In this spin-off to the popular Rocky series, Adonis Johnson (Michael B. Jordan) is the offspring of Apollo Creed nobody knew about. Driven to be a fighter like his father, but wanting to make it on his own name, Adonis seeks out Rocky Balboa (Sylvester Stallone) to train him.
It’s been well advertised and publicized that this isn’t Rocky VII. While Rocky plays an essential role in this film, this is truly the story of Adonis Creed. Having said that, there are plenty of Rocky-isms and Rocky influences to make it feel like another Rocky story, and in the later half of this film, it’s just as much his movie as it is Adonis. Rocky is easily in the top three of my favorite film characters of all time, so obviously his mere presence was going to have an affect on me no matter what. But if the story of Adonis doesn’t work, this will be nothing but an empty nostalgia trip. With director Ryan Coogler (Fruitvale Station) and Michael B. Jordan at the helm, that thankfully was not the case.
It’s easy to wave off spin-offs and sequels as cheap money grabs, but you can tell in the first scene that Ryan Coogler legitimately had a story to tell in this world. We see Adonis as a kid, and the mood and atmosphere feel like we’re about to be told a biopic of a real boxer. As Adonis learns who he is, we are immediately pulled into this story.
Adonis’ history is interesting, creating an intriguing premise for why this guy ultimately becomes a fighter. Unlike his father and Rocky, he didn’t have to fight. While the movie works on its own, this is where having knowledge of the Rocky series comes into play. Knowing Apollo Creed, there’s simply fighter’s blood in his body. He has no choice but to fight. What takes this from being a simple “boxer tries to make it” story is the name “Creed.” Even though it would get him bigger fights, Adonis wants nobody to know he’s the son of Apollo. Wanting to protect his father’s legacy, and make it on his own, Adonis goes by the name Johnson. As the facts get revealed, and the story becomes more about Adonis trying to earn his name is when the movie ramps up, as does Adonis’ pain. Michael B. Jordan owns the screen, blending the character’s drive and frustration flawlessly.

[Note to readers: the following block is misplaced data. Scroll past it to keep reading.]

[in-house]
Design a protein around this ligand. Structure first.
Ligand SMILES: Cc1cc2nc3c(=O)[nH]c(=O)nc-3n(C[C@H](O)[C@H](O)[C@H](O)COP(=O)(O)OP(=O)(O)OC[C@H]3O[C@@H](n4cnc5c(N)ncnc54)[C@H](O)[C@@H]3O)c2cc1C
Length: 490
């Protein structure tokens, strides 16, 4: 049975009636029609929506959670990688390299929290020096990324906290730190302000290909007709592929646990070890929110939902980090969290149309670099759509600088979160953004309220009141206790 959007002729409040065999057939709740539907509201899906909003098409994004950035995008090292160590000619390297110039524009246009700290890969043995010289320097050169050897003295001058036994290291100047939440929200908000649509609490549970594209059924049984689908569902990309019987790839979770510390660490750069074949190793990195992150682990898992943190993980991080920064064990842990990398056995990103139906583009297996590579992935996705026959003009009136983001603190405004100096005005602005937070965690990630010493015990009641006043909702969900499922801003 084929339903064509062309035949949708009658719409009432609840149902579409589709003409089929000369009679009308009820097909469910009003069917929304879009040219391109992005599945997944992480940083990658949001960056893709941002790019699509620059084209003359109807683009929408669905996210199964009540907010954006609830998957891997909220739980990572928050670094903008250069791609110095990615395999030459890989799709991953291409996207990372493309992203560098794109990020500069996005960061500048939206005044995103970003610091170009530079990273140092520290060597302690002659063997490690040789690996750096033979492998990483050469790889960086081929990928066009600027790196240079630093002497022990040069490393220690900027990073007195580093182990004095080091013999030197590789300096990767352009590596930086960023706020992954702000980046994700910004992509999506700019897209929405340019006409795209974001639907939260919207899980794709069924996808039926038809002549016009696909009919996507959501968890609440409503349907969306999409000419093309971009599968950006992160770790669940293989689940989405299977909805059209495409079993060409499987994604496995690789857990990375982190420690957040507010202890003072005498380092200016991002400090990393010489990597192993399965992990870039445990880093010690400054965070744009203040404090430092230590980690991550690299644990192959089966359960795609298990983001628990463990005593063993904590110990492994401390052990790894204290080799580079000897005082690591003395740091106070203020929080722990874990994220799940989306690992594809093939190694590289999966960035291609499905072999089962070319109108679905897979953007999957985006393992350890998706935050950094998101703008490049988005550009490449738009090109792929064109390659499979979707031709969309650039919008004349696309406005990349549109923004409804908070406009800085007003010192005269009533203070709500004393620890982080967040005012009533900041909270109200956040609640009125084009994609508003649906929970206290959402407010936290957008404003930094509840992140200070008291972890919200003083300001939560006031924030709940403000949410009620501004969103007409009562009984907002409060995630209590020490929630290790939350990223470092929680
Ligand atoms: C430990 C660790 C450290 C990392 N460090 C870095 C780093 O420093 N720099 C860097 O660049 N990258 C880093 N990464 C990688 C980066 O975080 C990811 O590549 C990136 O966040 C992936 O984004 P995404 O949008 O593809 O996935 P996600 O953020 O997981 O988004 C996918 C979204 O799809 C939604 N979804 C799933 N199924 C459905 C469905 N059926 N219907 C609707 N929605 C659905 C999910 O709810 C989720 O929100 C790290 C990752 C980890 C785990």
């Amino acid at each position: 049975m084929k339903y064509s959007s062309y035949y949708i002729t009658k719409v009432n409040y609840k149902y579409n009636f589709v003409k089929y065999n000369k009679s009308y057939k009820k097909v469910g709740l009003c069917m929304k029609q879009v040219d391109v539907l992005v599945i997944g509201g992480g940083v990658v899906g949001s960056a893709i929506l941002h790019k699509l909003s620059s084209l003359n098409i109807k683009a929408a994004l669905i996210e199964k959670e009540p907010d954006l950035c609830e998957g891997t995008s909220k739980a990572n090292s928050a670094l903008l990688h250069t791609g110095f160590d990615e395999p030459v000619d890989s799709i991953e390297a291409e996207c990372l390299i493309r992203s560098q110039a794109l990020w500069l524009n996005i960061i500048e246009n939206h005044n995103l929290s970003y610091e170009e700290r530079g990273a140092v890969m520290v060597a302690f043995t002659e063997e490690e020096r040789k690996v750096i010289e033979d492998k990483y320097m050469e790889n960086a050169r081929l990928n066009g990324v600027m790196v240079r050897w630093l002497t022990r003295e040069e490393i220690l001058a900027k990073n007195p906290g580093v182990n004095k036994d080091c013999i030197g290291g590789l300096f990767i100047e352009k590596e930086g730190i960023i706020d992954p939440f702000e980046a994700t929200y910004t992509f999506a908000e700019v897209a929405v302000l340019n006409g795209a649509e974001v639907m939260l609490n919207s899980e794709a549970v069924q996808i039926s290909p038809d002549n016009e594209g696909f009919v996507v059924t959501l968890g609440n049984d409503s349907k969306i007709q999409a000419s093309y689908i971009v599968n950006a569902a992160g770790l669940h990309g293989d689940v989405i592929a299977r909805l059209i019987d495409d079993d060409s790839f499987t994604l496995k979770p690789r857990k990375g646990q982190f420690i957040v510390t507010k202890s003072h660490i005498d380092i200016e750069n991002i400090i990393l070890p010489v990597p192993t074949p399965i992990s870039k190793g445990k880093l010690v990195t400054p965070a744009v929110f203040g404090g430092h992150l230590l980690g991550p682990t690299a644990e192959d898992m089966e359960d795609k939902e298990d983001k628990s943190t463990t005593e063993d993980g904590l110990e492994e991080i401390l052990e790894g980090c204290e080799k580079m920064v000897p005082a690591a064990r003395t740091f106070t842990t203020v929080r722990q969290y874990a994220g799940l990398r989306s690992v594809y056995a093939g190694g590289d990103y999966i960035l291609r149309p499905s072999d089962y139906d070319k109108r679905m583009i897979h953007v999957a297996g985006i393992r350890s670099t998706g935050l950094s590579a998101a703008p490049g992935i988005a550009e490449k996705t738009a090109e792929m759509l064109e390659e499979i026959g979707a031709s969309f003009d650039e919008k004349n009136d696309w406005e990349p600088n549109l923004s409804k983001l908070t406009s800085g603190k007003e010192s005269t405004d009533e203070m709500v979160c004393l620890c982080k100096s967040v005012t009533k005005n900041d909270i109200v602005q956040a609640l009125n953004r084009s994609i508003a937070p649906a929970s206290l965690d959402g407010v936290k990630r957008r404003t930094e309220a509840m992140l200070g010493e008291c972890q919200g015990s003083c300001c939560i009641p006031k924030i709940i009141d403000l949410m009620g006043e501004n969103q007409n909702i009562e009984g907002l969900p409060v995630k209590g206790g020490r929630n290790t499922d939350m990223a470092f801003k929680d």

As great as Jordan is, let’s stop beating around the bush. Sylvester Stallone’s performance could very well get him an Oscar nomination. Aside from the original, this might be his best turn as the character, most notably because of his vulnerable state. The writers also nailed the character, giving us plenty of Rocky lines and Rocky moments. Yes, he has turtles. While I loved Stallone’s passionate and energetic turn in 2006’s Rocky Balboa, it’s more understated here. This is a powerful, sad and lighthearted take on the character, and if you’re a diehard fan like myself, it will hit you hard.
Aside from the individual performances, it’s the manager/boxer relationship that is the film’s strongest asset. The chemistry between Jordan and Stallone works instantaneously. It’s fatherly, playful and at times even contentious, with one harsh line in particular from Adonis to Rocky when both characters are at their lowest. While this bond works in spades in the first half, it reaches a whole other level later in the film when both characters work together to fight individual battles.
The other major relationships in Adonis’ life are with his step mom, Mary Anne Creed (Phylicia Rashad), and new girlfriend, Bianca, played by Tessa Thompson. The tension between Mary Anne and Adonis writes itself, as Mary Ann doesn’t want her son to fight for obvious reasons, as she was forced to watch Apollo die in the ring. Rashad is great, and they definitely pay off her character at the end. Bianca is also a good romantic interest, and Thompson brings a lot of charisma to the role, including the character’s own personal struggles. Her chemistry with Jordan is perfect, and you completely buy into their relationship.
There isn’t a whole lot to complain about with Creed. The direction and screenplay are tight, and even at two hours plus, it actually moves at a fast pace. My only real criticism is many of the big moments could have felt more impactful. It feels so tight, I wish we could have taken a breath here and there. The final fight is also a mixed bag. Parts of it were dramatic and climactic, while other moments felt rushed.
If you’re a Rocky fan, you’re obligated to see this movie. But just as Adonis wants to make his own name, the title itself succeeds in making this a Creed movie. It also celebrates both Rocky and Apollo Creed. When Adonis is in Los Angeles, the gym is a shrine to Apollo, but in Philadelphia, it’s Rocky land. The score is also a good mix of new, with dabs of Rocky. This is simply a great movie that happens to feature Rocky, with a final scene that truly packs a punch.
Rating: 8.5 out of 10 (Really Great)